When power gags the Press: A reflection on the Sohrabuddin Sheikh fake encounter case

Gagging was a term prominent during the times when British ruled India. Then came Congress leader Indira Gandhi’s time who also gagged the press. Last year in November, this term came to the surface yet again with the CBI Court disallowing the press to report a case.

This is the Sohrabuddin Sheikh fake encounter case. On November 29, 2017; following an application by advocate Wahab Khan, a ban was put on media (print, electronic and social) to report this case, though they could attend the proceeding.

Courts generally allow such in-camera i.e. private proceedings only if there is a rape case or a case concerning national security. But in this case according to  the order by Special Judge S.J. Sharma, “The publication may create security problem for the accused persons, prosecution witnesses, the defence team and the prosecutor as well.”

Principles generally followed by court have been compromised, in this case.

Following the gagging, nine journalists filed a petition against the order. Journalists from reputed media organisations like The Wire, Dailyo, Scroll, The Free Press Journal, etc. stood before the SC in solidarity.

But the damage has already been done.

In August last year when Inspector General of Gujarat DG Vanzara and IPS officer Dinesh MN were absolved from the charges. While from December, 19 of the eyewitnesses have either retracted their statements or denied stating anything, according to a report by The Indian Express.

The case has been witnessing a fall since the BJP came to power. First there were changes in the judges, then Sohrabuddin’s brother Rubabbudin Sheikh withdraw the petition challenging discharge of Amit Shah, and then the recent developments from 2017.

The case is complicated because of many reasons. One, because it concerns encounter killing of an alleged terrorist and extortionist mafia Sohrabuddin Sheikh, his wife Kausar Bi and Sheikh’s close aide Tulsiram Prajapati. Two, Sohrabuddin according to the Gujarat and Rajasthan Police wanted to kill the then Chief Minister of Gujarat Narendra Modi. Three, one of the accused in the case is the then, Minister of Home for Gujarat and now, ruling party chairman Amit Shah.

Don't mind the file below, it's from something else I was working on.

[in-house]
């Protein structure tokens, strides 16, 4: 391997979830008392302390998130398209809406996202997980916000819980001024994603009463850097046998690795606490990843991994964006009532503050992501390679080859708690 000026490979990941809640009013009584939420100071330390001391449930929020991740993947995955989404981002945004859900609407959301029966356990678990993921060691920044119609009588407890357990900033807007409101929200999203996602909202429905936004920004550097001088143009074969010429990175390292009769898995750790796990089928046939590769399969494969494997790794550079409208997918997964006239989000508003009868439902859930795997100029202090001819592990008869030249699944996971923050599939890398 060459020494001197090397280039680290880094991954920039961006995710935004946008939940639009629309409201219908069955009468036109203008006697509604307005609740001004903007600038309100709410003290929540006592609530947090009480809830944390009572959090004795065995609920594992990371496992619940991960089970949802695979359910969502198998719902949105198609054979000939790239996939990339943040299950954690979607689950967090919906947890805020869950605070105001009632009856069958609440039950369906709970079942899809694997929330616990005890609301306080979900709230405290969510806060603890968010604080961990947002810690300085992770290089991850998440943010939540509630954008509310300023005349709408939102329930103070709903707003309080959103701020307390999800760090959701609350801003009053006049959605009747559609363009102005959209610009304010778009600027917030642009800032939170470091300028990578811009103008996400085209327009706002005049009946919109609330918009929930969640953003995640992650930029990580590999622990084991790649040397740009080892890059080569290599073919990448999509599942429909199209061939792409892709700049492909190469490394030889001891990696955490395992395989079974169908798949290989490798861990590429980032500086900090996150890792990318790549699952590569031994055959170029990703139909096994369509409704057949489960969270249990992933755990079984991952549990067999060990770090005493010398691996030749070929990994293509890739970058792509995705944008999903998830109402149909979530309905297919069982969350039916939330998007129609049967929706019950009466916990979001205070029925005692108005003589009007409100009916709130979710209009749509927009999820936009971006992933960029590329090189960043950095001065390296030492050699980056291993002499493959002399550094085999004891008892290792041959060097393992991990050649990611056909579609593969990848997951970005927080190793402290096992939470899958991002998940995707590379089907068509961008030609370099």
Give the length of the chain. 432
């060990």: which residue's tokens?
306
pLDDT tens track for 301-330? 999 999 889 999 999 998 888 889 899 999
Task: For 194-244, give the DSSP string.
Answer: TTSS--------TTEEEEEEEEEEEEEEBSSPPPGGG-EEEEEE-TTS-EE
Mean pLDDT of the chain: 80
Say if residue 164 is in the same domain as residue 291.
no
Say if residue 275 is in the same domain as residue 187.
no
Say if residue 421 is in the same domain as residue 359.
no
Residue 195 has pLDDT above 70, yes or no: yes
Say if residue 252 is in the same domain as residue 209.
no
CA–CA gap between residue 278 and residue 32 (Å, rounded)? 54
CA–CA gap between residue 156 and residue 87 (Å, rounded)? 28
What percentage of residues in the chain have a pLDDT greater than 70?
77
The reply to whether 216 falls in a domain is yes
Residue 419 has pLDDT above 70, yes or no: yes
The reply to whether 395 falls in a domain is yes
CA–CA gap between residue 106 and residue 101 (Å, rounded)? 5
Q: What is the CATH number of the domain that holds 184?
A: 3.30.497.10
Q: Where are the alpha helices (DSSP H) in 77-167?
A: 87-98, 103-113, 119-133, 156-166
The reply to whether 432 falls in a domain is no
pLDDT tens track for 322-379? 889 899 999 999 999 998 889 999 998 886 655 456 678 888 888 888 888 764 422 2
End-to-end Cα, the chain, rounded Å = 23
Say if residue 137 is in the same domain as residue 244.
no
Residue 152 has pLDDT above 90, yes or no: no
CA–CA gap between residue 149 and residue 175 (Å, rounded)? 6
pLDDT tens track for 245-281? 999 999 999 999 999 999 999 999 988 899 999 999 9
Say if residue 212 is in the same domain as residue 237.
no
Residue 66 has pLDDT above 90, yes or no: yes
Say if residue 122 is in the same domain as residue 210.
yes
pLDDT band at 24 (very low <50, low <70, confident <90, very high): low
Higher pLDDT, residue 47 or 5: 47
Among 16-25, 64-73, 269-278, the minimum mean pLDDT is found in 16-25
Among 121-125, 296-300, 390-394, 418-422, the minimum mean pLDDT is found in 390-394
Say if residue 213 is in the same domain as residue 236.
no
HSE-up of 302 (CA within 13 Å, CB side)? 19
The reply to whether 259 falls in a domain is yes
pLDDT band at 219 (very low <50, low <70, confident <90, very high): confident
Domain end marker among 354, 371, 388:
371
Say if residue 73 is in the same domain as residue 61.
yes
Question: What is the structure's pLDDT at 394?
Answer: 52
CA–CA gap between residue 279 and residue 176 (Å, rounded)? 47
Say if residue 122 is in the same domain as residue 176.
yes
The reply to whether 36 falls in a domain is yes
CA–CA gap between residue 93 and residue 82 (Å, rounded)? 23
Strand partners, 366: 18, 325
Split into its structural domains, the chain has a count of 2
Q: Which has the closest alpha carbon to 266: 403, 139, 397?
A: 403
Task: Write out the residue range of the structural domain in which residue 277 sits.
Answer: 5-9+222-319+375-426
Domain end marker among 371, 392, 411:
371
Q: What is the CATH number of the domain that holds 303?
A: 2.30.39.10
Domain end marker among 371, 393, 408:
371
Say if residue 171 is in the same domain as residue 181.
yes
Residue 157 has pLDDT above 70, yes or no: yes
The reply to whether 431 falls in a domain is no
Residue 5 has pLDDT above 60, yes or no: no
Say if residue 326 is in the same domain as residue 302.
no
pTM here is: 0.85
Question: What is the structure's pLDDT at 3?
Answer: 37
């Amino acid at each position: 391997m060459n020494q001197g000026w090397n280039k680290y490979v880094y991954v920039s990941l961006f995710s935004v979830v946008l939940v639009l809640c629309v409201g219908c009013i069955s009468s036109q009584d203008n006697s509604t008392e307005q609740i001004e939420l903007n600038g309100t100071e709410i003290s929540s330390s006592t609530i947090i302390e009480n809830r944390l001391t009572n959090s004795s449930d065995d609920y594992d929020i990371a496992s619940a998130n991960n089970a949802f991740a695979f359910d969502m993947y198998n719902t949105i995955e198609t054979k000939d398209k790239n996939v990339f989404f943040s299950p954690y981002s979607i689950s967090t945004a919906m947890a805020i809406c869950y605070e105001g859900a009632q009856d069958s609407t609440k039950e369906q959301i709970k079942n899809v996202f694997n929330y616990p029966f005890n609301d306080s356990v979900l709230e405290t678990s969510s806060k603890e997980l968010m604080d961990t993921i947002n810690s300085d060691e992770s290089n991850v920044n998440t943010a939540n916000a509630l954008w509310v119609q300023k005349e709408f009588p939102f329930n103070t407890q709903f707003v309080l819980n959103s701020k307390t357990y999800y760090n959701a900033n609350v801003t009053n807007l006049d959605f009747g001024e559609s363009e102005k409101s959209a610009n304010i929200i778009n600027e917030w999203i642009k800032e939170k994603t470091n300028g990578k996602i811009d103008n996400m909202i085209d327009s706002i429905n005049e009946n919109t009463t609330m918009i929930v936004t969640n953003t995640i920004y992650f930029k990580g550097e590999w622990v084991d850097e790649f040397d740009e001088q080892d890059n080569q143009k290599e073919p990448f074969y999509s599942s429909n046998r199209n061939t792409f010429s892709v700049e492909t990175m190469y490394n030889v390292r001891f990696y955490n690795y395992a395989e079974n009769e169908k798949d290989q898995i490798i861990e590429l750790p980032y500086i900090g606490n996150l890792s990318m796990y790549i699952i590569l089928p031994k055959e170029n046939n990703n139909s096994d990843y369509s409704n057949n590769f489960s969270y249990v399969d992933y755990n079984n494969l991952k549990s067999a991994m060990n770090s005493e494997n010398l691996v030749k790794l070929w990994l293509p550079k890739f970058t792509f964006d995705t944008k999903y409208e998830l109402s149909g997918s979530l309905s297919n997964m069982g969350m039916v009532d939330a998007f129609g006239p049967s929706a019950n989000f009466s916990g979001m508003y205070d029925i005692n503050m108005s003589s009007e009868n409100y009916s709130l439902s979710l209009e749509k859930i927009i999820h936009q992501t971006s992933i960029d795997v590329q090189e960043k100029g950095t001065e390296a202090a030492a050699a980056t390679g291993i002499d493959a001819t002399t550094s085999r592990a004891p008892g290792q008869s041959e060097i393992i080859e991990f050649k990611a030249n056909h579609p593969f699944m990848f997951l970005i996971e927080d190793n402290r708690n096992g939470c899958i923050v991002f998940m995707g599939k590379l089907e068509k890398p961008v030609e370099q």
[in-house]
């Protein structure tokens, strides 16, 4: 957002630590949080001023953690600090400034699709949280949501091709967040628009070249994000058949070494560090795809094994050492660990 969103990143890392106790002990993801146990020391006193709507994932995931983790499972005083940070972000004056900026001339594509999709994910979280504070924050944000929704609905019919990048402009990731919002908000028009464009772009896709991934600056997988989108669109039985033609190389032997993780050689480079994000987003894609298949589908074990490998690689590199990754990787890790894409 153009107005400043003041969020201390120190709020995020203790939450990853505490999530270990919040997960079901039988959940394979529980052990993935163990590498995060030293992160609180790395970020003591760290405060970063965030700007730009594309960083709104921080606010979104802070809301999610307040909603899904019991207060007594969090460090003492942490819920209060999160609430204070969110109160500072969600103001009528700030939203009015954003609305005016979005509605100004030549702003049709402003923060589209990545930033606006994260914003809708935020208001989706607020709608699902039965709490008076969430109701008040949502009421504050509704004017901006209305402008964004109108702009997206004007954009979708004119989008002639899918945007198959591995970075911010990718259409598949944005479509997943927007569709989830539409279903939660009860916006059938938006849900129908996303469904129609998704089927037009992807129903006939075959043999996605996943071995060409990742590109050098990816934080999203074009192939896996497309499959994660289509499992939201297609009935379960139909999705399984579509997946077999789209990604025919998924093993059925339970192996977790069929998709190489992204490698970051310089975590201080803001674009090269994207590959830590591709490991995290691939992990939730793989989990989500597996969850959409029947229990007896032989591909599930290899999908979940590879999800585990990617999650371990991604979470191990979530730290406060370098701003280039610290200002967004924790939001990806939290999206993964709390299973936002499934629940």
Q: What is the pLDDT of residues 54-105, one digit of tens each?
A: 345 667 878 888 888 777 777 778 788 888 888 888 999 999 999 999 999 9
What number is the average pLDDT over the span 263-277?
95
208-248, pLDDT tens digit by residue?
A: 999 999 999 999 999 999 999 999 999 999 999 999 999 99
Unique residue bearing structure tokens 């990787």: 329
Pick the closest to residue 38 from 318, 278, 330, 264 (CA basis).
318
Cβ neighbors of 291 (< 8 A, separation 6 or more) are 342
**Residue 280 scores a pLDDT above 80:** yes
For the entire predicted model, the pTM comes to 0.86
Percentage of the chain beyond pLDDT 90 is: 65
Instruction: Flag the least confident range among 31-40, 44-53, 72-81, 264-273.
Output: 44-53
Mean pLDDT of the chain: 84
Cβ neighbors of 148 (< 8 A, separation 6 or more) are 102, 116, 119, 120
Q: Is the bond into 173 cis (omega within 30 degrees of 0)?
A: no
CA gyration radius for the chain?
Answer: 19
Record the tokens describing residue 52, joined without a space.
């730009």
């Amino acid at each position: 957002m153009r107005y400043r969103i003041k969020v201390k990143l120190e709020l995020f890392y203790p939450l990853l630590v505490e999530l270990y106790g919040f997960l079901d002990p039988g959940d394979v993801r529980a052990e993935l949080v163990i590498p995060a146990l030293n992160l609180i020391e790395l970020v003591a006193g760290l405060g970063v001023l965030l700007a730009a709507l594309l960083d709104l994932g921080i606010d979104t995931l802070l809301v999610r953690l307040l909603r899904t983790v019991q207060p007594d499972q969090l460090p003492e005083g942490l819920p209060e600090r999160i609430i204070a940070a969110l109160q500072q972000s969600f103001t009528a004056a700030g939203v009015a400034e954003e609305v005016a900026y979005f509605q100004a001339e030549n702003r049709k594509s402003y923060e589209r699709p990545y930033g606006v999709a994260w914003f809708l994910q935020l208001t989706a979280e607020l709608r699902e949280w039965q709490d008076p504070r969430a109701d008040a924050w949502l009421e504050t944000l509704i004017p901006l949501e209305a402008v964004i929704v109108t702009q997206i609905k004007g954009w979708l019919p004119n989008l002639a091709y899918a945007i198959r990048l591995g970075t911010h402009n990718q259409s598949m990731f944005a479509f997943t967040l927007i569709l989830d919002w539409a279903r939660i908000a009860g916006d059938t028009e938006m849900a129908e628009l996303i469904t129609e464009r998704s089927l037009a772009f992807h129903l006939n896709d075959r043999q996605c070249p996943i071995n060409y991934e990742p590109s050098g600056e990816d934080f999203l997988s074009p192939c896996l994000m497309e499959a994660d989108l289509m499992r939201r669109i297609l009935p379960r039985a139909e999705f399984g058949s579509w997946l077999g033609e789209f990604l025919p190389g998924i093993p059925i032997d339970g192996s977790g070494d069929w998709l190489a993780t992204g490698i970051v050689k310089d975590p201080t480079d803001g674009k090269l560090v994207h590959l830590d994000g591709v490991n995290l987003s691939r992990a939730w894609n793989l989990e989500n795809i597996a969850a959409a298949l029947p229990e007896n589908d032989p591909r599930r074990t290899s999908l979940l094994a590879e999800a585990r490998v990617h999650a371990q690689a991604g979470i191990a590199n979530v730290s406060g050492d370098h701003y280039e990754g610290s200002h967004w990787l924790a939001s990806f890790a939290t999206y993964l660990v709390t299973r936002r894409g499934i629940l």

The lopsided and strange episodes in the Sohrabuddin fake encounter case has raised a question about not just media freedom but also about the meaning of justice in our country.

Sources: The Indian Express, Scroll, The Wire


The life and lies of DG Vanzara

DG Vanzara being led to court for his trial. PTI
DG Vanzara being led to court for his trial. PTI

This story is before the Ishrat Jahan encounter hit front page news, and even before the CBI progress report on the four fake encounter cases that took place in Gujarat during the mid-2000.

It is the story of Deputy Inspector General of Police (DIG) D G Vanzara, the super-cop who made his name as an “encounter-specialist”. While Vanzara bides his time within the confines of a prison cell, his fall from grace has coincided with the rise of the man who is now being touted as the next Prime Minister, the man who he was reportedly very close to, Narendra Modi.

Having joined the state police in 1980 and becoming IPS cadre in 1991, Vanzara, the son of a landless labourer from Ilol village, rose through the ranks under the guidance of Modi. During the riots after the demolition of the Babri Masjid in 1992, Vanzara was the Superintendent of Police (SP) stationed at Mehsana which is about five hours from Surat, the epicenter of the riots. Vanzara, later on, said that he had no cases of violence in his district. Soon after, he was appointed the Deputy Commissioner of Police (Crime Branch) in Ahmedabad and he earned himself the tag of an encounter-specialist after reportedly killing over 10 ‘terrorists’ post-Godhra.

Almost all of these encounters happened due to an apparent plot to kill Narendra Modi, the head of the Vishwa Hindu Parishad Pravin Togadia or L K Advani. It was in this period that the encounters of Ishrat Jahan (2004) and Sohrabuddin Sheikh (2004) also took place. Both were labled as Lashkar-e-Taiba operatives. There were also the encounters of Tulsiram Prajapati (2006), Samirkhan Pathan (2002), Sadiq Jemal Mehtar (2003). In June the same year, two people were killed who were believed to be a threat to Bharatiya Janata Party leaders Ashok Bhatt and Bharat Barot. Prajapati had even gone to the extent of appealing to an Udaipur court before his death as he was witness to the Sohrabuddin encounter. Vanzara was transferred to the Banaskantha, just days before Prajapati was killed there in December. The Central Investigation Department (CID) also searched for remains of Kausar Bi, the wife of Sohrabuddin Sheikh who was reported missing, at Vanzara’s residence after his arrest. She was also a prime witness.

It came as a surprise to many within the Gujarat hierarchy when Vanzara was arrested in April ’07 by the Gujarat CID as he had become very powerful. He was also hand-in-glove with Modi and former Home Minister Amit Shah, who is said to have orchestrated the encounters. He is considered to be one of the first dominoes to fall and is now in a Mumbai jail where the CBI has recently interrogated him. Vanzara has applied to study Human Rights during his time in jail.